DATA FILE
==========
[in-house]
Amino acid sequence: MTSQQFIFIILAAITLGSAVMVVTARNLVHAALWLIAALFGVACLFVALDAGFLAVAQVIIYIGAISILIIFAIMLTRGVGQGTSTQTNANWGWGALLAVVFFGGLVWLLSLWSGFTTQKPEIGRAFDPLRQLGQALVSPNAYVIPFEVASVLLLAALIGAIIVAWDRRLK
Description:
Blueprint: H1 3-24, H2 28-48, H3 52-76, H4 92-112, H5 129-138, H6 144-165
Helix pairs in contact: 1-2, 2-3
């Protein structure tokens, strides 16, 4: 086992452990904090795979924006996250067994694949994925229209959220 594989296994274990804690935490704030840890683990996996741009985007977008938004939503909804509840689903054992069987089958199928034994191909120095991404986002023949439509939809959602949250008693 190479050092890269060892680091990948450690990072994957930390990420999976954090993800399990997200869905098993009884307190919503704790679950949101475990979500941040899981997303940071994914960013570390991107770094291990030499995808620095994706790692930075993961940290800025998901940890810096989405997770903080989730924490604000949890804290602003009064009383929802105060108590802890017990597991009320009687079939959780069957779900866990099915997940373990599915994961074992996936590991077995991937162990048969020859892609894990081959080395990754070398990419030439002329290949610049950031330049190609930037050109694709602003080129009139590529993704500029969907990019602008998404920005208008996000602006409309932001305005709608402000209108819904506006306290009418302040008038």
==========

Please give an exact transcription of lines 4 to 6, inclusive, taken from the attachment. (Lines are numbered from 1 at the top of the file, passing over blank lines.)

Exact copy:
Blueprint: H1 3-24, H2 28-48, H3 52-76, H4 92-112, H5 129-138, H6 144-165
Helix pairs in contact: 1-2, 2-3
């Protein structure tokens, strides 16, 4: 086992452990904090795979924006996250067994694949994925229209959220 594989296994274990804690935490704030840890683990996996741009985007977008938004939503909804509840689903054992069987089958199928034994191909120095991404986002023949439509939809959602949250008693 190479050092890269060892680091990948450690990072994957930390990420999976954090993800399990997200869905098993009884307190919503704790679950949101475990979500941040899981997303940071994914960013570390991107770094291990030499995808620095994706790692930075993961940290800025998901940890810096989405997770903080989730924490604000949890804290602003009064009383929802105060108590802890017990597991009320009687079939959780069957779900866990099915997940373990599915994961074992996936590991077995991937162990048969020859892609894990081959080395990754070398990419030439002329290949610049950031330049190609930037050109694709602003080129009139590529993704500029969907990019602008998404920005208008996000602006409309932001305005709608402000209108819904506006306290009418302040008038």